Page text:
✔ Generous leave entitlements – provisions for many forms of leave; including personal, parental, carers, study, cultural, compassionate and sick leave.
✔ Employee Assistance Program support – you are encouraged to use this short-term, confidential counselling service if you’re experiencing emotional stress, relationship problems, conflict with others, money troubles or personal issues.
✔ Financial and retirement planning – attend financial counsellor as well as superannuation consultations to develop strategies for your future goals.
✔ The Social Club – option to join this lively group, which gives you access to discounted gift cards, films, travel and online shopping. We also have an active Pride Network.
We encourage you to attend an information session to learn more about being a prison officer directly from a prison officer! Our recruitment team will also be available to answer any questions you may have. These sessions are currently run online via Zoom.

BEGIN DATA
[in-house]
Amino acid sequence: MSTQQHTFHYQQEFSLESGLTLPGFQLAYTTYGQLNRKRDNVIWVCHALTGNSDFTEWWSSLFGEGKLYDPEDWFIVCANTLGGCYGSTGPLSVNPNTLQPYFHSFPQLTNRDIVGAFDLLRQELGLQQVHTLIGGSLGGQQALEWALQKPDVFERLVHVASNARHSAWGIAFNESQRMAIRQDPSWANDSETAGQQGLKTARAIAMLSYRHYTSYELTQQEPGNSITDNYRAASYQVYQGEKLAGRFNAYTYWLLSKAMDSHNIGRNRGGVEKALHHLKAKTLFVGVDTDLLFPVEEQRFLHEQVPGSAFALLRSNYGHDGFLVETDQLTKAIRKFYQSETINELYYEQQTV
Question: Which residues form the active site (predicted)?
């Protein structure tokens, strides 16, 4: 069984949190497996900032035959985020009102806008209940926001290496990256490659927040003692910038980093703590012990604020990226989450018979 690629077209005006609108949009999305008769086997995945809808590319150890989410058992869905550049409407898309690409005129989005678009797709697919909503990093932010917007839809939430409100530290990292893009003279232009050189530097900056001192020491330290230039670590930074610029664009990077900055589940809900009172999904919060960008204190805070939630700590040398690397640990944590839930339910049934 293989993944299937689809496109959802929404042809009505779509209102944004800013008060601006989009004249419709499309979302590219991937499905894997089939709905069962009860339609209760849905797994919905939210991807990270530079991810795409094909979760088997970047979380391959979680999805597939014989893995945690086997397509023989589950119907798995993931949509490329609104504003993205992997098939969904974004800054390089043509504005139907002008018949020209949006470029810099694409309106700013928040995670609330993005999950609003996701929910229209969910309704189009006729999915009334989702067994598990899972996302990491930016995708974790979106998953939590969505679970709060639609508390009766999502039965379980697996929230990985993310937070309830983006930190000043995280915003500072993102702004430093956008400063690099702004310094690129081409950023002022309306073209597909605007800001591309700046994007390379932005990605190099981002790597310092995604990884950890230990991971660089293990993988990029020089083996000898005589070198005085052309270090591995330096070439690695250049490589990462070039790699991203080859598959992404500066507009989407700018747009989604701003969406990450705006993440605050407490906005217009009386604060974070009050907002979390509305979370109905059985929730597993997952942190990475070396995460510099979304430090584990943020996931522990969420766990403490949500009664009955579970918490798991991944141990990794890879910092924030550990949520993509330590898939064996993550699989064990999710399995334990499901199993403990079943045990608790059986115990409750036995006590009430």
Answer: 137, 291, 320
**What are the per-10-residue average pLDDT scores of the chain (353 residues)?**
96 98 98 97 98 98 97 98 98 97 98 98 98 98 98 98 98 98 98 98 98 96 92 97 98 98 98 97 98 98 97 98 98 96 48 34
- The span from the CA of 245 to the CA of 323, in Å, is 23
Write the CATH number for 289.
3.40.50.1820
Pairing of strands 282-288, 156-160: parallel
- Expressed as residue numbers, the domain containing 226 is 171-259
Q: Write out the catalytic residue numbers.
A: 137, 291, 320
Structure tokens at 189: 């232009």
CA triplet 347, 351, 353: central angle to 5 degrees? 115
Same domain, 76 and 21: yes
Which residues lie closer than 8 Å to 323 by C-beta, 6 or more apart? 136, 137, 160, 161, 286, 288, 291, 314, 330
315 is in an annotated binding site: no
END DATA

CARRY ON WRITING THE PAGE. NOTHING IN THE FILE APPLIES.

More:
2 July 2020
5:00pm – 6:00pm AEST
Click here to register.
Attending an information session is not compulsory, and we still encourage you to apply if you can't make it along.
WHAT SKILLS SHOULD A PRISON OFFICER HAVE?
To thrive in this job, you'll need energy, empathy and resilience. We're not concerned about which gender you identify as, or if you've been a tradie, a personal trainer, a teacher or a retail assistant. We want prison officers with life experience – people who can find common ground with anyone.
You should also possess:
◉ Strong verbal communication – you have the ability to de-escalate a situation purely through your negotiation and verbal reasoning.
◉ Professionalism – you have integrity and maturity. You respect the importance of doing your work thoroughly.
◉ Conflict management and problem-solving skills – you will encounter conflict and problems regularly, so you need to be able to think on your feet, adapting what you’ve learned to be best practice to the scenario.
◉ Initiative and accountability – you won't pass the buck if you know you should be contributing. You'll be responsible for your actions and take opportunities to raise new ideas.
ABOUT METROPOLITAN REMAND CENTRE